* Q2 net profit well above analysts’ forecasts
* Bank’s markets across eastern Europe show solid growth
* U.S. plans sanctions against Russia, its strongest market (Recasts with share price, sanctions)
VIENNA, Aug 9 (Reuters) - Washington’s announcement of new sanctions against Russia overshadowed better-than-expected net profit at Austria’s Raiffeisen Bank International on Thursday, sending its shares down as much as 6 percent despite its solid earnings.
The bank, which operates across eastern Europe, has said it is committed to staying in Russia, which remains its most profitable market by far despite the rouble’s continued slide.
Washington said on Wednesday it would impose fresh sanctions on sensitive Russian national-security controlled goods by the end of August after it determined that Moscow had used a nerve agent against a former Russian spy and his daughter in Britain. Details of the new sanctions remain unclear.
Despite strong second-quarter results published on Thursday, Raiffeisen’s shares took a beating, falling as much as 6.1 percent. By 0917 GMT they were down 4.6 percent at 26.79 euros.
“We do not want to comment on the share price. Those are decisions for our shareholders,” Raiffeisen Bank International (RBI) Chief Executive Johann Strobl told a news conference. “If you look at our results, they are very solid.”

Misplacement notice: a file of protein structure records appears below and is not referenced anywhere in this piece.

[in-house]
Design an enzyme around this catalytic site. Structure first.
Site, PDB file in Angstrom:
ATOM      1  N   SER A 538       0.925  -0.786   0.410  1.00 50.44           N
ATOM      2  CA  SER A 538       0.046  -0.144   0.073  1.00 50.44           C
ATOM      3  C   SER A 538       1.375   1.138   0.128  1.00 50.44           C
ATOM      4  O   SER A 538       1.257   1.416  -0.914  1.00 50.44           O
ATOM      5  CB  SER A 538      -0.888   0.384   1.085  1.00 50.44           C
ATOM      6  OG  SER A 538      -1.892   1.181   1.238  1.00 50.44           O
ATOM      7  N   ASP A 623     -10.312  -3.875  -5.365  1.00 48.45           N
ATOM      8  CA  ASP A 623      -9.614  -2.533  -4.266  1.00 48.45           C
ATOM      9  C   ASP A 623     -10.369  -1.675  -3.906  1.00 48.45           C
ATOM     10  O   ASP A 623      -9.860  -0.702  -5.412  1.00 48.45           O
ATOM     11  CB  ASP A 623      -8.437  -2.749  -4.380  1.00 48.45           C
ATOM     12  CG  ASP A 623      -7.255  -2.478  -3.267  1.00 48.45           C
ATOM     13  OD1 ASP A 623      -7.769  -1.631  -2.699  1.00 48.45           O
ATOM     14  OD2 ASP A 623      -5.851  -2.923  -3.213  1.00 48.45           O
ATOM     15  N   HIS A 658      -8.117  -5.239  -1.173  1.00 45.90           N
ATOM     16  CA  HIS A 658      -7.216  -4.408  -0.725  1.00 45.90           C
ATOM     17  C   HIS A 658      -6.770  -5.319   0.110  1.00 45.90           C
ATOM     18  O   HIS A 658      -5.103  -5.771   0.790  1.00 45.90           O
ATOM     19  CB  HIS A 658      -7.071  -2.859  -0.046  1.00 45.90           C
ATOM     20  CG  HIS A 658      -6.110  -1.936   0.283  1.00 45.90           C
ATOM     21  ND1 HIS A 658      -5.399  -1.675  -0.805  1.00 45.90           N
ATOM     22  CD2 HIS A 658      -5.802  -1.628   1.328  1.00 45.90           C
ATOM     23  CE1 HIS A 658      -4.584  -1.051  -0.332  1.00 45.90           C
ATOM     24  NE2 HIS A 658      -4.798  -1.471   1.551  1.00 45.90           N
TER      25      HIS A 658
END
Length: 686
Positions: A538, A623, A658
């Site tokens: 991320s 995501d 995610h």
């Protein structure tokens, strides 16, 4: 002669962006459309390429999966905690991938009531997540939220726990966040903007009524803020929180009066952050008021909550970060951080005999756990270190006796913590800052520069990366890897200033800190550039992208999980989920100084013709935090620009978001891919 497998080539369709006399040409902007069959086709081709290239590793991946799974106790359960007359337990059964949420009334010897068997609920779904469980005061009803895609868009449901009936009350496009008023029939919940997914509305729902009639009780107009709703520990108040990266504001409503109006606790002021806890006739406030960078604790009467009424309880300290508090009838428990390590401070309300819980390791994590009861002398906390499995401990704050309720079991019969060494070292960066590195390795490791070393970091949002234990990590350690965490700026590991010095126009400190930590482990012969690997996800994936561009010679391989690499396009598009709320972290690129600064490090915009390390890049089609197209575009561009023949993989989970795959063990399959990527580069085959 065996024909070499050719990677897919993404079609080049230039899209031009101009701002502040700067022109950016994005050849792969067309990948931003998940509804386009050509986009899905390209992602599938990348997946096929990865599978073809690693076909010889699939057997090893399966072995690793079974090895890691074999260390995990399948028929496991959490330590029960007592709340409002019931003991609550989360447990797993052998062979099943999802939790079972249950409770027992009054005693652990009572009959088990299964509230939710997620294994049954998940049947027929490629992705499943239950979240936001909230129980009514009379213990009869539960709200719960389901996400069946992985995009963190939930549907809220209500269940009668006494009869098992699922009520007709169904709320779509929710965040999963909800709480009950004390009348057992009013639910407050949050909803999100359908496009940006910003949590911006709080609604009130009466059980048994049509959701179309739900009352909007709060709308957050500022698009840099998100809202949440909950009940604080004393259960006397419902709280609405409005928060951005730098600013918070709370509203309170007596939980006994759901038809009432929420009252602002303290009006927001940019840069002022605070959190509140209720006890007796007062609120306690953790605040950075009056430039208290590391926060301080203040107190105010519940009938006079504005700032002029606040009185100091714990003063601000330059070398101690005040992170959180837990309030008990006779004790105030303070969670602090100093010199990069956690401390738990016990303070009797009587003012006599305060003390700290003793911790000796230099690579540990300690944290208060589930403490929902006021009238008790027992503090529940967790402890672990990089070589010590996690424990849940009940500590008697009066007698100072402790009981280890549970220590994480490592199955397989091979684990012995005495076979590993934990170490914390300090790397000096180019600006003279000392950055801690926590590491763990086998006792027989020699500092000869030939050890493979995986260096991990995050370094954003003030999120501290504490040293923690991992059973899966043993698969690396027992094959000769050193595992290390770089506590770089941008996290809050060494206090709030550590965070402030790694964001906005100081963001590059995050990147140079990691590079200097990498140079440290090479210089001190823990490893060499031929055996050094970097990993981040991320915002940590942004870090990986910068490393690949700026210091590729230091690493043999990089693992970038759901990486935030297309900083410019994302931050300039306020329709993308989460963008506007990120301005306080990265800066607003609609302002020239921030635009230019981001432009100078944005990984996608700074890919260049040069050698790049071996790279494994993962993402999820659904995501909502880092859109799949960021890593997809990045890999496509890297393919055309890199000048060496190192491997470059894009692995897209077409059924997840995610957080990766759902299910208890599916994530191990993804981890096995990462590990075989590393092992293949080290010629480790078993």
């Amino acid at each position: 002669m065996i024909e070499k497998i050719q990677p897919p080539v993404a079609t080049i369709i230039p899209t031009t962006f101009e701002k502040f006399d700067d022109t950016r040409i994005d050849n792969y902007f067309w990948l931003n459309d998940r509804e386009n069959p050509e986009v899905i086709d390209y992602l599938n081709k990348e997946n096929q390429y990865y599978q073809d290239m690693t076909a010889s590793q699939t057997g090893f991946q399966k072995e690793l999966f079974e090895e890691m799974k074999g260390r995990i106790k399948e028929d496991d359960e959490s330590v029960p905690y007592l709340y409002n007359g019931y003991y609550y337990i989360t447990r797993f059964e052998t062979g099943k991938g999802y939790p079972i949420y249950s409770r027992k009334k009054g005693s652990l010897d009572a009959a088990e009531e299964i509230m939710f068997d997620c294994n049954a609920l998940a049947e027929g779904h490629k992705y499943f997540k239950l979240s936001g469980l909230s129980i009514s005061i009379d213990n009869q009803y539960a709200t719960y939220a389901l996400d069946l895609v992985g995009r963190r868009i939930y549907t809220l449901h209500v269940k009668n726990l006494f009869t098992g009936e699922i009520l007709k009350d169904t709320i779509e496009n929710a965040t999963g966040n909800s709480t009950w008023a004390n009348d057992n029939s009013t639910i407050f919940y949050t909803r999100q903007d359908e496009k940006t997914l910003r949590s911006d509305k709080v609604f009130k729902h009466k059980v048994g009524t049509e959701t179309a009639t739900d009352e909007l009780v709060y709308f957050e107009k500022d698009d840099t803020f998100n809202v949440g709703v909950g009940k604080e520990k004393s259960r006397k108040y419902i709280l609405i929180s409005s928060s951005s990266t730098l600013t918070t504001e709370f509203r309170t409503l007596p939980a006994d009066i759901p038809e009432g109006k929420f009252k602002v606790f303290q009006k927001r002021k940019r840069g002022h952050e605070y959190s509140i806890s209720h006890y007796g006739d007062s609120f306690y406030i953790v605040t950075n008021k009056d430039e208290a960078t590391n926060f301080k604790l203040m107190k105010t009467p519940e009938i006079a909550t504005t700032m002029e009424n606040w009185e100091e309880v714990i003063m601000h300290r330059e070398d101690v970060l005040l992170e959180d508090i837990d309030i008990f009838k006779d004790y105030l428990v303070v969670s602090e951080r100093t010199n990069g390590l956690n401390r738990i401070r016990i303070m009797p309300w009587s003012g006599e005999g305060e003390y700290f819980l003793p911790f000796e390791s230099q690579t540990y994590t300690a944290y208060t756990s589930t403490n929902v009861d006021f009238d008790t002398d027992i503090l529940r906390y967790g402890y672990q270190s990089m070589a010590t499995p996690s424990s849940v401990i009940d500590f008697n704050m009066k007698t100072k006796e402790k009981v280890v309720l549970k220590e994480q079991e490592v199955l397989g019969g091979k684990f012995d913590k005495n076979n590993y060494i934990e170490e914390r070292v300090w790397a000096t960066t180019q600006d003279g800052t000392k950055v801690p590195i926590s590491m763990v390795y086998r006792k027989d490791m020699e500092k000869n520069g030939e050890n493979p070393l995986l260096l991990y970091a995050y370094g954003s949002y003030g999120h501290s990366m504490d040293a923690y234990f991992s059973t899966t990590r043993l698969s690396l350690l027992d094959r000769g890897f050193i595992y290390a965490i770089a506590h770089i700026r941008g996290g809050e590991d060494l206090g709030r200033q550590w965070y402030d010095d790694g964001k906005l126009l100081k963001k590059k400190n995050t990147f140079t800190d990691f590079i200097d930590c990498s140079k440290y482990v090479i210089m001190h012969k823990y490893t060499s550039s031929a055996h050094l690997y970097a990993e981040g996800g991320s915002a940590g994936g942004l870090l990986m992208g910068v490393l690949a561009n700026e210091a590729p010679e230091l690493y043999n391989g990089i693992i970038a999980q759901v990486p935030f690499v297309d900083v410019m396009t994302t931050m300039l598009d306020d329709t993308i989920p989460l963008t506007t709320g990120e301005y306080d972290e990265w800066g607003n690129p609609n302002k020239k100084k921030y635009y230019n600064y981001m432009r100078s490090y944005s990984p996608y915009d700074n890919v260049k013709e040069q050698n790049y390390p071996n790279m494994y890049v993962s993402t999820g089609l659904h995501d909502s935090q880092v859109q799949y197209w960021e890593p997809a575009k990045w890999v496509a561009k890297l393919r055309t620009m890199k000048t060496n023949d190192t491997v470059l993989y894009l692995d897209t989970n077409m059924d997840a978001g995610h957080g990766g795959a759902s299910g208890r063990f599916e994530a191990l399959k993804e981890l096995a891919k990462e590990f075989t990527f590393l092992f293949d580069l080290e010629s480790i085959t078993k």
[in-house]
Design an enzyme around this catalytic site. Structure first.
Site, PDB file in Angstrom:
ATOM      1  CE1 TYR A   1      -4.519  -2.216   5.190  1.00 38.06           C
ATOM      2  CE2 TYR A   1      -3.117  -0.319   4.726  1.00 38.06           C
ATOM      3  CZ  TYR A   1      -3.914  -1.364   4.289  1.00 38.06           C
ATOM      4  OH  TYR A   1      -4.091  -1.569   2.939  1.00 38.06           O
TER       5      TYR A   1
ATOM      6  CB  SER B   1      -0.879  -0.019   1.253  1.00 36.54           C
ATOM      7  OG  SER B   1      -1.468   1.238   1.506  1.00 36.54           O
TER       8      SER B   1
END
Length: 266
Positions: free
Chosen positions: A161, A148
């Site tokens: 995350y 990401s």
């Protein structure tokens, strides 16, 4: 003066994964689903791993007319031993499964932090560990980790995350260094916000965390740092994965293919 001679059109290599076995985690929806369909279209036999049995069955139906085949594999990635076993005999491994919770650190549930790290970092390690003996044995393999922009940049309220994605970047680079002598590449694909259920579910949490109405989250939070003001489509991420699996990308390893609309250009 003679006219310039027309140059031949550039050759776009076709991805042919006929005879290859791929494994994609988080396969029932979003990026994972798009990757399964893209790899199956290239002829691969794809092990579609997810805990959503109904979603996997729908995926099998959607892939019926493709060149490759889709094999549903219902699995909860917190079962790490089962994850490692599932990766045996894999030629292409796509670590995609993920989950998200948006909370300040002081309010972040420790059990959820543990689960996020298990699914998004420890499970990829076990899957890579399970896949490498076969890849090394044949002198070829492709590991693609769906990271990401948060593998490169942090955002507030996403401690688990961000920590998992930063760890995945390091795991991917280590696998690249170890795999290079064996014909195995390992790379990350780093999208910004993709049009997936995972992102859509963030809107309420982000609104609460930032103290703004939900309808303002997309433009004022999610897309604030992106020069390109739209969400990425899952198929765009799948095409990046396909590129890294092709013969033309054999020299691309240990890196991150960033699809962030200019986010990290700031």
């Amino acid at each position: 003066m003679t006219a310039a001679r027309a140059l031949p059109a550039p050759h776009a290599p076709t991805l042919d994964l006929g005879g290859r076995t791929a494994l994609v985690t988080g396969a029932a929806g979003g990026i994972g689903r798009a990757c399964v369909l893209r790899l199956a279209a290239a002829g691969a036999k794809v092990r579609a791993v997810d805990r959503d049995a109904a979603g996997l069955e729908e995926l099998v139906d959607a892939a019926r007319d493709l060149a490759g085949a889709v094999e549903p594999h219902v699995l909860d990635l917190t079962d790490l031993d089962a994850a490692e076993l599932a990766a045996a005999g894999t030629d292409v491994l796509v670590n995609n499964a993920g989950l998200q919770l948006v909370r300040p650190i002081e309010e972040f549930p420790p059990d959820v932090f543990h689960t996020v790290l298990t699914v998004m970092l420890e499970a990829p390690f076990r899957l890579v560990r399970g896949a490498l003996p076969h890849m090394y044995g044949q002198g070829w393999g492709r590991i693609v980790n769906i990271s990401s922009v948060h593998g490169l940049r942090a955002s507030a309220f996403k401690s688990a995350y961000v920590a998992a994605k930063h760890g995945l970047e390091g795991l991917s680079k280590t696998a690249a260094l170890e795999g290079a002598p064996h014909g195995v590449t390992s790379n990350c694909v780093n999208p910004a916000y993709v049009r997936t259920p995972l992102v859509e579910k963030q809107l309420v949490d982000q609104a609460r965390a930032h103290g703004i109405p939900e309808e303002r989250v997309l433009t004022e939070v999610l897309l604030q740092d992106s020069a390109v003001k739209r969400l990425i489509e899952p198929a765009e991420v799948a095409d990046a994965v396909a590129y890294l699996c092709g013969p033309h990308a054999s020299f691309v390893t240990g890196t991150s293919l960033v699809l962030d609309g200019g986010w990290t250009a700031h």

Net interest income increased 5 percent in the three months from April to June compared with a year earlier, dividend income jumped by 30 million euros ($34.8 million) and impairment losses on financial assets reduced to zero.
Those all helped net profit to fall just 2.9 percent to 357 million euros, despite being weighed down by a previously announced one-off hit of 121 million euros linked to the sale of its Polish unit, Raiffeisen Bank Polska (IPO-RBP.WA).
That was well above the average estimate of 264 million euros in a Reuters poll of analysts.
The bank confirmed its outlook while improving one element of it — impairment losses on financial assets, or risk costs — which are now expected to be lower than last year’s rather than roughly the same.
That follows two quarters of good news on loan-loss provisioning, after a net release in the first quarter and zero impairment losses this quarter.
Sanctions on Russia have not had a significant direct effect on RBI, but it said the rouble’s slide has had a “limited impact” on its common equity tier 1 ratio, a measure of capital strength. That stood at 12.8 percent of risk-weighted assets, in line with its medium-term target of around 13 percent.
“It is too soon to say which companies or people could be affected by these sanctions. When that stage is reached we will deal with that and act accordingly,” Strobl said of the latest U.S. announcement. (Reporting by Francois Murphy and Alexandra Schwarz-Goerlich; Editing by Michael Shields and Adrian Croft)